In the following you will find information pertaining to the SubSurface Scattering (SSS) mode Single.
Please note that a light source is required when using Single mode.
Because Simple SSS works independently from Multiple-SSS it can be enabled or disabled using this option. Simple SSS can also be applied if Multiple SSS is disabled.
Only if different path lengths are defined for the three primary colors in the Path Length setting (and ONLY then) will rendering be more precise – taking into account the correspondingly longer render times.
Disabling this option speeds up rendering somewhat but will turn off the cast shadow defined for the light sources for a given SSS material.
This setting defines the direction in which the light should be emitted. Negative values will emit the light in the direction opposite the light and positive values will emit the light in the direction in which it shines (in both cases the visual result will be darker). A value of 0 will disperse the light evenly in all directions (also called isotropic dispersion).
Note how less light appears in regions that face away from the light when negative values are used because more light is emitted in the direction of the light source. Positive values will let correspondingly more light through.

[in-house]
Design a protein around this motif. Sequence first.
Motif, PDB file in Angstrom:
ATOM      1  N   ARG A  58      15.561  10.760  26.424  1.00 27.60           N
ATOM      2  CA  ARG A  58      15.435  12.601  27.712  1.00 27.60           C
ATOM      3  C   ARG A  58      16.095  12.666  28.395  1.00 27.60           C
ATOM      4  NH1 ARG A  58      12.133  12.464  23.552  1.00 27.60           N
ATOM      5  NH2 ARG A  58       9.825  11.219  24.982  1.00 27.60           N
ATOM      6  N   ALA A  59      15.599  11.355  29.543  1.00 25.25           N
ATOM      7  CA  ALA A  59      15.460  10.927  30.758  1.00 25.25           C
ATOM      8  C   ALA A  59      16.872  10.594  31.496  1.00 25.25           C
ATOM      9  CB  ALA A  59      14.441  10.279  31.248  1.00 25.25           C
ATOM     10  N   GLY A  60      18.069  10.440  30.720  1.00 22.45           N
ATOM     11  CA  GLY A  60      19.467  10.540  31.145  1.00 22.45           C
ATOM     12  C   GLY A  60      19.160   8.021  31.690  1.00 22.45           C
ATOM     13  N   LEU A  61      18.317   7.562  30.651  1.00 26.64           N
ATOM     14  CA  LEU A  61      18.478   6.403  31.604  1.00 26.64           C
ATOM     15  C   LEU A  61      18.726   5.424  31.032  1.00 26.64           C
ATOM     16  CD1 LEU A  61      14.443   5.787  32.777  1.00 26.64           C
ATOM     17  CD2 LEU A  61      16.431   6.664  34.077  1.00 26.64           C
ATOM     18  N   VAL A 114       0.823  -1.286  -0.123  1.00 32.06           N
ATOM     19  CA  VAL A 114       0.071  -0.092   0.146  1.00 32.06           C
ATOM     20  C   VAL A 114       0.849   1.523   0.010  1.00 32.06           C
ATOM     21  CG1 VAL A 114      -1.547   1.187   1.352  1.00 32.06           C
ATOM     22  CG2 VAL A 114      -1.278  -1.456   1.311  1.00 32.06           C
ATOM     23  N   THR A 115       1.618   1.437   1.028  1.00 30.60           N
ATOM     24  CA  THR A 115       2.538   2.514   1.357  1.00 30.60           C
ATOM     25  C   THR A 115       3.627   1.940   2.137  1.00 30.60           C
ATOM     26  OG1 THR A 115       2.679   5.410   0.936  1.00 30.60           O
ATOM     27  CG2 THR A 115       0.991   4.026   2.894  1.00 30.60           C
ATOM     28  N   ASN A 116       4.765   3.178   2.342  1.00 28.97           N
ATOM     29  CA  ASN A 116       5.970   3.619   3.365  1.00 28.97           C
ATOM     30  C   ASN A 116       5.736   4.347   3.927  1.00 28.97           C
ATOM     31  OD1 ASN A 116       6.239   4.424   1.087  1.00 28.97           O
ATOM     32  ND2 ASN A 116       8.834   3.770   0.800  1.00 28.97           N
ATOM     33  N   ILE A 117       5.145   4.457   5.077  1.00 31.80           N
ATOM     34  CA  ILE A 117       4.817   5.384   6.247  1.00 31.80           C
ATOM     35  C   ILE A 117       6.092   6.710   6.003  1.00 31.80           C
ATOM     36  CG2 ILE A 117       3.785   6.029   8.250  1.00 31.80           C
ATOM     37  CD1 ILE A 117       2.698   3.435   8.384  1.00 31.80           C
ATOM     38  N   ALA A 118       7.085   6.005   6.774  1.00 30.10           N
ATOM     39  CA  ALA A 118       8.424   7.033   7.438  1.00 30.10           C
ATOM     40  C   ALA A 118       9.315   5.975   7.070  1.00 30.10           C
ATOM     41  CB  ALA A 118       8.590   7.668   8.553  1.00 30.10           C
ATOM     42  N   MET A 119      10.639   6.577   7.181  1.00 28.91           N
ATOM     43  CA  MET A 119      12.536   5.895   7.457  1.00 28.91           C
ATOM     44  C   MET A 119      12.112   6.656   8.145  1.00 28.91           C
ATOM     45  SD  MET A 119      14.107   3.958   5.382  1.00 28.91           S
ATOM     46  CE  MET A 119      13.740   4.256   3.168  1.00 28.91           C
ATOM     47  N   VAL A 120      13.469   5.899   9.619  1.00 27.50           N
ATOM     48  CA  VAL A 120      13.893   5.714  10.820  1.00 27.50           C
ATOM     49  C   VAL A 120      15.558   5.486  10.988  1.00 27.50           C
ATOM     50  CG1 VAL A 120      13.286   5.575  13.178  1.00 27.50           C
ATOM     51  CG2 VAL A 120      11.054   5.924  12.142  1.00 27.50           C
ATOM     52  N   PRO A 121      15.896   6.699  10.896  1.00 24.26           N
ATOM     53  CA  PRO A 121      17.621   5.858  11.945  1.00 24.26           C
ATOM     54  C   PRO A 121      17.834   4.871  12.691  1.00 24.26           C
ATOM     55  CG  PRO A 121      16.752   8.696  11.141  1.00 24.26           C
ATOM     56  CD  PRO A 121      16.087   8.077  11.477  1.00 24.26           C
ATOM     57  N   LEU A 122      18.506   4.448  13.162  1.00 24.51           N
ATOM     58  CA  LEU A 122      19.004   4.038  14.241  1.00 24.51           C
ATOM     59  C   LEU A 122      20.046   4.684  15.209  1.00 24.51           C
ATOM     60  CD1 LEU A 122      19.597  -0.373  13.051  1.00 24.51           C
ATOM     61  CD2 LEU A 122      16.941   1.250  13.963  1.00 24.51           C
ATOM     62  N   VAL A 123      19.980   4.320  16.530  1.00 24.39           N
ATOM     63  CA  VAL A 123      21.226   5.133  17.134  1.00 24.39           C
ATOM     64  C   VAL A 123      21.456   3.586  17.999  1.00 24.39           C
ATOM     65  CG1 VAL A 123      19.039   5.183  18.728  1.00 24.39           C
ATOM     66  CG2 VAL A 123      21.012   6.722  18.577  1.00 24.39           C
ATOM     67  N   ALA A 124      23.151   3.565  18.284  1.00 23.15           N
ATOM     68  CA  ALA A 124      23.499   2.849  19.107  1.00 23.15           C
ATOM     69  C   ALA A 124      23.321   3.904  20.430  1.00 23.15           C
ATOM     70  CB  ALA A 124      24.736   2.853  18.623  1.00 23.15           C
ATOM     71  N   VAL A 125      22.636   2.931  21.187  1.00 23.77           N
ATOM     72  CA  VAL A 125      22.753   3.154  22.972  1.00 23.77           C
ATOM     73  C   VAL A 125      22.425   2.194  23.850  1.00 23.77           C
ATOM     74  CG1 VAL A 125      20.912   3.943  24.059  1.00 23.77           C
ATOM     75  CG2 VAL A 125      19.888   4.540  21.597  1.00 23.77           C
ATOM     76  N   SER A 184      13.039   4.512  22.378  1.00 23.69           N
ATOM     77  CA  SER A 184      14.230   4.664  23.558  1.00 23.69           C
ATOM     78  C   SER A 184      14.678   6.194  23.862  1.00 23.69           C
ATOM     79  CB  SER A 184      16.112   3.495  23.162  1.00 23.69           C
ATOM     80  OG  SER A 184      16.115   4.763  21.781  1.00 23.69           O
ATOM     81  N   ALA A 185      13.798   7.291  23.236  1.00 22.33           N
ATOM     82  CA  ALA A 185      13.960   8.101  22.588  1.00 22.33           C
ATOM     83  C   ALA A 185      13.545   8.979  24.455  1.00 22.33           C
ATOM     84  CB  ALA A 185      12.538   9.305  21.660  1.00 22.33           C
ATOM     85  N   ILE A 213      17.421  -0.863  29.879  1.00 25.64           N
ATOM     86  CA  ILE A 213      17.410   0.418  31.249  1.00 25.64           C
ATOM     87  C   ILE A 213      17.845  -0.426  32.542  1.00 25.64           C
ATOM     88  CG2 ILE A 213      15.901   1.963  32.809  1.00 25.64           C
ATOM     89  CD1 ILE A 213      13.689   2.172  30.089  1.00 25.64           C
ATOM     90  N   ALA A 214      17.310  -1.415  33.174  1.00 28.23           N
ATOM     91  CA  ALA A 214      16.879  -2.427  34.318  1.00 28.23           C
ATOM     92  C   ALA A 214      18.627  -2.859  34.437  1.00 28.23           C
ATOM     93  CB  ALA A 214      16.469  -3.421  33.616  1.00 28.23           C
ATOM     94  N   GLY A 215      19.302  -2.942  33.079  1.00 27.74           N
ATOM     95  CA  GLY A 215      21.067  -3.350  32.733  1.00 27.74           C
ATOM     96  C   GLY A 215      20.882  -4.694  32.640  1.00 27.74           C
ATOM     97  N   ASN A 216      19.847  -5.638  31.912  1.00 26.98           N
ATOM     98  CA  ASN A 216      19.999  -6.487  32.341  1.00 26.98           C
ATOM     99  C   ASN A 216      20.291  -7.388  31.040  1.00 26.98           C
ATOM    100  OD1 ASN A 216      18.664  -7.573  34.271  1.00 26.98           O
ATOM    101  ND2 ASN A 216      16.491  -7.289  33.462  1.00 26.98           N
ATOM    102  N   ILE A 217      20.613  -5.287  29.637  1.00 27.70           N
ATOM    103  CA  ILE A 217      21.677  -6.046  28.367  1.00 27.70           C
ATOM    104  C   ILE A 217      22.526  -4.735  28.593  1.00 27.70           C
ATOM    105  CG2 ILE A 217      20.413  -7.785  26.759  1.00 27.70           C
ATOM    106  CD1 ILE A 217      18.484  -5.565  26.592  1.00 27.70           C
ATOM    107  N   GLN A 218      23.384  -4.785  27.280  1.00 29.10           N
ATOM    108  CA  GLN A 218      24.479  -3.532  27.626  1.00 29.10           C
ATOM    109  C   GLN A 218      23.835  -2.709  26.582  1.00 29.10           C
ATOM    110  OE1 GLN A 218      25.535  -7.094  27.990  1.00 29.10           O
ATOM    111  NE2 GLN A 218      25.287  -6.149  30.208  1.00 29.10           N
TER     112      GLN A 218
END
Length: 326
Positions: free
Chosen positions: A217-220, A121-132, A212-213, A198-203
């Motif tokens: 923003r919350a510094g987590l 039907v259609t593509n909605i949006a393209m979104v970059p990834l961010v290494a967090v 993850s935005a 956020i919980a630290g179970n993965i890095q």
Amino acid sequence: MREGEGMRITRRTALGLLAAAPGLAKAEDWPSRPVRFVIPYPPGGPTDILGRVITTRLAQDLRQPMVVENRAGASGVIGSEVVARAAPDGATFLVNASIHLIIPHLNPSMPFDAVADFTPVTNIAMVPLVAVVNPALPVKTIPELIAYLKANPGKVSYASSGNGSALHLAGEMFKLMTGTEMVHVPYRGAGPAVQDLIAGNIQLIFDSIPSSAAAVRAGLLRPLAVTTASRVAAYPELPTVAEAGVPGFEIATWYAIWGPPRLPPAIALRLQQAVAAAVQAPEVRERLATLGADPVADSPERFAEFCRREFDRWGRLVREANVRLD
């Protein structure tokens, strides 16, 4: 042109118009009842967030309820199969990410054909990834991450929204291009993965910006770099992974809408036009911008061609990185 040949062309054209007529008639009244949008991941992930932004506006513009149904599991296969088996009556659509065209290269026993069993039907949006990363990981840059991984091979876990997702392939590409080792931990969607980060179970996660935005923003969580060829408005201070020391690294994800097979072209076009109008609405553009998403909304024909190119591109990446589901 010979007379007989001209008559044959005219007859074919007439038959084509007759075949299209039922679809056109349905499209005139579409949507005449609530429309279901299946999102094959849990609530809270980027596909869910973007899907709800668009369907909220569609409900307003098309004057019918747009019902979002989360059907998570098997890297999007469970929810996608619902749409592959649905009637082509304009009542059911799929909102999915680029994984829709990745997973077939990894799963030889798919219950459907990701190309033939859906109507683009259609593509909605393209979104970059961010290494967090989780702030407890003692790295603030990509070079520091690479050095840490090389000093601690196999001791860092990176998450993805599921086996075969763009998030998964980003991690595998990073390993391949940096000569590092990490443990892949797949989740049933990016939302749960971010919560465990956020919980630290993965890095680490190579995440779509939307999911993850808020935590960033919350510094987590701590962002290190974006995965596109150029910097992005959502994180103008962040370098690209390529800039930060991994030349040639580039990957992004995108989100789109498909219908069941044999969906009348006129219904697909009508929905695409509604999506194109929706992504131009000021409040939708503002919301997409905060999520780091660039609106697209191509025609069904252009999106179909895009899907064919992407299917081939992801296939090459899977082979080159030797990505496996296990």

Values of exactly -1 and 1 will turn Simple SSS off.
For the Physical Renderer, this option will normally be applied globally for the Project in the Subsurface Scattering Subdivision (Max) settings.
Enable the Custom Sampling option if you want to define this parameter for a specific material or object and use the Sampling value to define the amount of noise with which Simple SSS should be rendered. Higher values will result in better quality (and correspondingly longer render times) and vice-versa.
For the default renderer (which has no such global setting), sampling can only be defined in the material itself.
More information about this setting can be found under Subsurface Scattering Subdivision (Max).